Boris Johnson has vowed promised not to impose another lockdown over the winter as long as the NHS is not overwhelmed.
He has instead championed the vaccine rollout as a way to prevent a spike in infections – but there are some concerns the prime minister’s winter plan does not go far enough to prevent future Covid waves.
As UK braces itself for the colder months, which other countries in the world no longer see Covid as a major health threat?
Copenhagen lifted all remaining restrictions on September 10. Its government claimed Covid was no longer “an illness which is a critical threat to society”.
The Danish public do not need to show a ‘Covid passport’ and do not need to use public transport with a face mask. They can meet in large numbers, too.
The transmission rate is at 0.7, suggesting the infection rate has declined.
However, health minister Magnus Heunicke said: “Even though we are in a good place now, we are not out of the epidemic. And the government will not hesitate to act quickly if the pandemic again threatens important functions in our society.”
Chile has reported almost 87% of its eligible population are fully vaccinated – earlier this month, it also approved the use of the Chinese vaccine, Sinovac, for those aged six years old and over.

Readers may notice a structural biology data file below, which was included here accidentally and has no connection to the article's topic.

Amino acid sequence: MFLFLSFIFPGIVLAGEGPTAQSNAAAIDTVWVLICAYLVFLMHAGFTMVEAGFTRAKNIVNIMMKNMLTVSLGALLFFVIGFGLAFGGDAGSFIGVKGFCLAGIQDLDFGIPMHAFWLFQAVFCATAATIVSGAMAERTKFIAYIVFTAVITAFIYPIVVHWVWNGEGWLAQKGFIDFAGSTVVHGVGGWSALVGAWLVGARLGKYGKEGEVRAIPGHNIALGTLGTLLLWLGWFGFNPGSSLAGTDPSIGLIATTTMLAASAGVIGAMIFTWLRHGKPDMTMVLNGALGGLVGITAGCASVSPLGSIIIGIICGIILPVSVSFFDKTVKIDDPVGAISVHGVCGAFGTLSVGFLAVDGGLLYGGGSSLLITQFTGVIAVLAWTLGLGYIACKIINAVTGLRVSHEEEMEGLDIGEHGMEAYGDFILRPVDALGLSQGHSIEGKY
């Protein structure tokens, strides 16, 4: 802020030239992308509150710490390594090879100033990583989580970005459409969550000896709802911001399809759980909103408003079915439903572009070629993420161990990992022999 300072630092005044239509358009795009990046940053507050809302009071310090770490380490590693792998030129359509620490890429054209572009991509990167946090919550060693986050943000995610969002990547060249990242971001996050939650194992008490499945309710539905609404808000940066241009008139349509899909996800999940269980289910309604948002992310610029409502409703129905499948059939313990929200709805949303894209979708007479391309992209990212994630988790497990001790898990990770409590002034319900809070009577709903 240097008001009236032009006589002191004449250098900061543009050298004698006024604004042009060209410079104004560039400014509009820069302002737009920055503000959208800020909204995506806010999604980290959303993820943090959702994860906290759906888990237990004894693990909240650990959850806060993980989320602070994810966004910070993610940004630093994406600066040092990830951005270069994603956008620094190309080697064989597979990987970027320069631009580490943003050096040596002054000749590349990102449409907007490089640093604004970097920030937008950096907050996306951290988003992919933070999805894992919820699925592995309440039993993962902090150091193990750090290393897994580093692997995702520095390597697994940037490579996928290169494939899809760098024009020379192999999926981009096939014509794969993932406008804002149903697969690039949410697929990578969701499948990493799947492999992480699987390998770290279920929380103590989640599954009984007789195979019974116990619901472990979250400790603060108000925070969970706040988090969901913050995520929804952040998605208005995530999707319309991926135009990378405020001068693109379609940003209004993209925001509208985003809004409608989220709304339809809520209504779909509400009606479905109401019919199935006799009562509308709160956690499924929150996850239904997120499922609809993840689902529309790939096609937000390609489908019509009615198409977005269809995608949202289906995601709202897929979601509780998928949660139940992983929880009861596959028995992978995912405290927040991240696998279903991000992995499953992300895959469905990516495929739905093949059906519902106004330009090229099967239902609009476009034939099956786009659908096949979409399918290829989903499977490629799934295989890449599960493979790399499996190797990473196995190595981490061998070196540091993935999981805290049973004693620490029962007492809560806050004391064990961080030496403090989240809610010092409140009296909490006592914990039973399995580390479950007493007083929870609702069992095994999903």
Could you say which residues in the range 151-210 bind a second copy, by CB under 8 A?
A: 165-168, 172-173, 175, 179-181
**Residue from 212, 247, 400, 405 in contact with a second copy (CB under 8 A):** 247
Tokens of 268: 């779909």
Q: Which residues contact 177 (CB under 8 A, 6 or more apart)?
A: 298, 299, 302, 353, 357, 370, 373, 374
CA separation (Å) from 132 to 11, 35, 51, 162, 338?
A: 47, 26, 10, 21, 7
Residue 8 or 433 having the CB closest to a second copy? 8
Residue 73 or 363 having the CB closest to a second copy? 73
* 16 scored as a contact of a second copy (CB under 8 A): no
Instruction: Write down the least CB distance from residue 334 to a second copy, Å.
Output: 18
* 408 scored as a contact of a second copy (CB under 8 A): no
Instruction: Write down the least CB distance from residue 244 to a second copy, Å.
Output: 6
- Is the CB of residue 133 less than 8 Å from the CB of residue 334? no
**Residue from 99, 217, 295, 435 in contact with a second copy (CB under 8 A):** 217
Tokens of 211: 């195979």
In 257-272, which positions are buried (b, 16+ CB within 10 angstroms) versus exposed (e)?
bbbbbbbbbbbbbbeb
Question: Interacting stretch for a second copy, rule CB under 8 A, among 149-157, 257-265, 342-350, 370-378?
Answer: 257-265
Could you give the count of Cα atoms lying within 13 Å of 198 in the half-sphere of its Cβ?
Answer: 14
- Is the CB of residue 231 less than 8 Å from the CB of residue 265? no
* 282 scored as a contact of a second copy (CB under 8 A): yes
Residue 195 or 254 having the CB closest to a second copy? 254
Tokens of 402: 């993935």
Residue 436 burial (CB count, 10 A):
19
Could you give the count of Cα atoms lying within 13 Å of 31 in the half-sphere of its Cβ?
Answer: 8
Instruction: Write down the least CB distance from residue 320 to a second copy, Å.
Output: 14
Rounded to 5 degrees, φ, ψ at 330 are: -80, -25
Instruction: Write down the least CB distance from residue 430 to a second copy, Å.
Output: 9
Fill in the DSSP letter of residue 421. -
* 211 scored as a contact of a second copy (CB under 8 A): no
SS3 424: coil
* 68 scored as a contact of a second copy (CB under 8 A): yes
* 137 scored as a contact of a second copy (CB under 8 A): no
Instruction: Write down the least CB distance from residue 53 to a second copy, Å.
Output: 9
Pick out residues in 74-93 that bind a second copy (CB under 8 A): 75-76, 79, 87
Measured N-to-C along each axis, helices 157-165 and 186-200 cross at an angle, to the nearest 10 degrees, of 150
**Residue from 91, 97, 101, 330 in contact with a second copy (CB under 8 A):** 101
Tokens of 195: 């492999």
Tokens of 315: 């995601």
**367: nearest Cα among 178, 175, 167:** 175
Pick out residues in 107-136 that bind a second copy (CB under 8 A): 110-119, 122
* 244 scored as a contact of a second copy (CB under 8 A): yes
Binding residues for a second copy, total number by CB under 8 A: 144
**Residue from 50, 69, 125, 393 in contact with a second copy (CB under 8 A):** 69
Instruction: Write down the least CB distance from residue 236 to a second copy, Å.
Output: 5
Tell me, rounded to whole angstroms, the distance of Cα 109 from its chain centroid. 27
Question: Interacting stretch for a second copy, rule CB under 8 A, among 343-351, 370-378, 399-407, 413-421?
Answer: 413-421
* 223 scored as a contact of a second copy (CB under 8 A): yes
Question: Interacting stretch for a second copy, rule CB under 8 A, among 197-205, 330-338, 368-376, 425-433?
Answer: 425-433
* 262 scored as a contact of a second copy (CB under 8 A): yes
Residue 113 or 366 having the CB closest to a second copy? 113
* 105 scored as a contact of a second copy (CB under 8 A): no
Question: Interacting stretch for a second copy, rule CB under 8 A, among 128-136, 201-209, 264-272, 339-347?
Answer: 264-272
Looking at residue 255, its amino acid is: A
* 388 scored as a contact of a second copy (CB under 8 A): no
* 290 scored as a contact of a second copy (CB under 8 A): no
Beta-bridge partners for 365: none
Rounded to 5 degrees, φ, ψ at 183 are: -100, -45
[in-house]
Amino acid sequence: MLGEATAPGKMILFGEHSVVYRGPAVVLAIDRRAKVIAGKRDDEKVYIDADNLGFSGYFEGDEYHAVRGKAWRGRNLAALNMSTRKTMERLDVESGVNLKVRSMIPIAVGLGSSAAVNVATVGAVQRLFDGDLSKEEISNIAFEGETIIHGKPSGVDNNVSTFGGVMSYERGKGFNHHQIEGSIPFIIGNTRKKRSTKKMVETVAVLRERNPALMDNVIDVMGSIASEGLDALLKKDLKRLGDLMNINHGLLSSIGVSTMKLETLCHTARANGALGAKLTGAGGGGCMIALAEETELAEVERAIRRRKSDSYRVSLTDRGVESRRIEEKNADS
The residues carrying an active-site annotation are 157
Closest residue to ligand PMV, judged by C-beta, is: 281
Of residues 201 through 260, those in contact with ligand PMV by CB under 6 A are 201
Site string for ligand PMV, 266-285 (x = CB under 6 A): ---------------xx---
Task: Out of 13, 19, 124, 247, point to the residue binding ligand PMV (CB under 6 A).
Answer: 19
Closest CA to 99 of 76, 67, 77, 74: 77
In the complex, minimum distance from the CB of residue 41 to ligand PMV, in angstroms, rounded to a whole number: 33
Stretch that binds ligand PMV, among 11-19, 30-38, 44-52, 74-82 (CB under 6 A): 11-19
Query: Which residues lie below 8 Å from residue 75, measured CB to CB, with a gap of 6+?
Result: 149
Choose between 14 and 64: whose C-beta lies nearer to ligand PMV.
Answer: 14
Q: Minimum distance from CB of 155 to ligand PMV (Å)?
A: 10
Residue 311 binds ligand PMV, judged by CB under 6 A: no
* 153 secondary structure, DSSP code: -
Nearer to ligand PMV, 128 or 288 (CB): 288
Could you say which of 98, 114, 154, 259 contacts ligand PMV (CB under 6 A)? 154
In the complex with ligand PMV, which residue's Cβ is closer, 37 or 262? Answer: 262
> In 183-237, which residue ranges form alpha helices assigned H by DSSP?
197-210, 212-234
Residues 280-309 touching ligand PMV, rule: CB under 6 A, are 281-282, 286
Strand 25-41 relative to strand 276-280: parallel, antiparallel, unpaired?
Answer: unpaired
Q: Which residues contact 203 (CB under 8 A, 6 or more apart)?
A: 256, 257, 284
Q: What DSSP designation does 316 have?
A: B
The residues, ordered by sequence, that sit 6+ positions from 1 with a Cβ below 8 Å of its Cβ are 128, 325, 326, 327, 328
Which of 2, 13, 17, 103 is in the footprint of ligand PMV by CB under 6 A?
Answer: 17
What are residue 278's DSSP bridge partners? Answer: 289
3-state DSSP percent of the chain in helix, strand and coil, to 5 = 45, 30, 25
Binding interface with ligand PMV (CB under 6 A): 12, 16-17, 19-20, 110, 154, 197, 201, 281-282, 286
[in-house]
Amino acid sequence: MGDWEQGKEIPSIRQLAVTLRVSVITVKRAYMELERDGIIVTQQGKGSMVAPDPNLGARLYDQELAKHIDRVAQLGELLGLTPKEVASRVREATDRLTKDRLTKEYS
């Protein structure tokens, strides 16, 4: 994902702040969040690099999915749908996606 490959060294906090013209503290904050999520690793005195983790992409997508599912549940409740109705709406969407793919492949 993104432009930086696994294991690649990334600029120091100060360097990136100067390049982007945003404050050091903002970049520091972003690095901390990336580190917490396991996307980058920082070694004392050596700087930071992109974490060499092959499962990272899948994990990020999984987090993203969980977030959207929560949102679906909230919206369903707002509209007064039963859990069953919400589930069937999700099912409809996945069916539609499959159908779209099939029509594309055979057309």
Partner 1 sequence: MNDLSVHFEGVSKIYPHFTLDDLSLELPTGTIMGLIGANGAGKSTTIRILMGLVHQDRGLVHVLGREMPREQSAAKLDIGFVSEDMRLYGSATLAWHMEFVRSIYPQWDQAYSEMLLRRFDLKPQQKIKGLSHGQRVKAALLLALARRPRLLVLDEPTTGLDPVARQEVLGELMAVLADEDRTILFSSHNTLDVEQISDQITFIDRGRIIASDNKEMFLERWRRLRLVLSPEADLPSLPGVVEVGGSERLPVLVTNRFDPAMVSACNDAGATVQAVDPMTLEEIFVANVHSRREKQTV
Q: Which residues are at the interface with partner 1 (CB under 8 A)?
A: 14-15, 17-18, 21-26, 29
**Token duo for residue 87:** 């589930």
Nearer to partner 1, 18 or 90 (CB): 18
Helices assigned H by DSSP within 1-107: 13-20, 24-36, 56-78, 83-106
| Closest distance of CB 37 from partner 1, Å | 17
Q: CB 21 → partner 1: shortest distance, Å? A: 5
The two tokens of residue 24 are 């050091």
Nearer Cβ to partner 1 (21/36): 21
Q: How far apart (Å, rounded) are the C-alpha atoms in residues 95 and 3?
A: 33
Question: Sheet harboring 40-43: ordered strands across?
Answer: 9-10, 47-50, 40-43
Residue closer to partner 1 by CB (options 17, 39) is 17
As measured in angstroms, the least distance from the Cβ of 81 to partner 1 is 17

The Delta variant has affected the nation but the government will be opening up its international tourism industry from October 1 in time for the summer season.
A government official said: “It’s important to point out that this is the first step, and we will be able to keep moving forward as long as we maintain the right health conditions.”
The country initially presented a zero-Covid strategy, but Singapore decided to live with Covid back in June by trying to control outbreaks through vaccinations and keeping an eye on hospitalisations.
The country’s top officials claimed: “The bad news is that Covid may never go away. The good news is that it is possible to live normally with it in our midst.”
Although the country eased restrictions in August, a sharp rise in Delta variant cases means the planned reopening is on pause for now and focusing on contact tracing.
Although 81% of its citizens are fully vaccinated, infections have spiked in September.
4. South Africa
Infections have slowed in South Africa, meaning the curfew has been shorted from 11pm until 4am with gatherings increased to 500 people outside.
At one stage in the pandemic, the country even banned all gatherings except funerals.
Now, with enough vaccinations within the population, South Africa is preparing to face a potential third wave of infections head-on.
President Cyril Ramaphosa said: “The third wave is not yet over, and it is only through out actions individually and collectively that we will be able to reduce the number of new infections.”
The Thai population has been slow to accept Covid vaccinations, but the government is still going to be opening up in October to revive its tourism industry for the fully-vaccinated foreign visitors.
The country had low infection rates last year following its stringent containment rules, but in 2021 infections have risen.
Only 18% of the country is fully vaccinated and 21% have received one dose.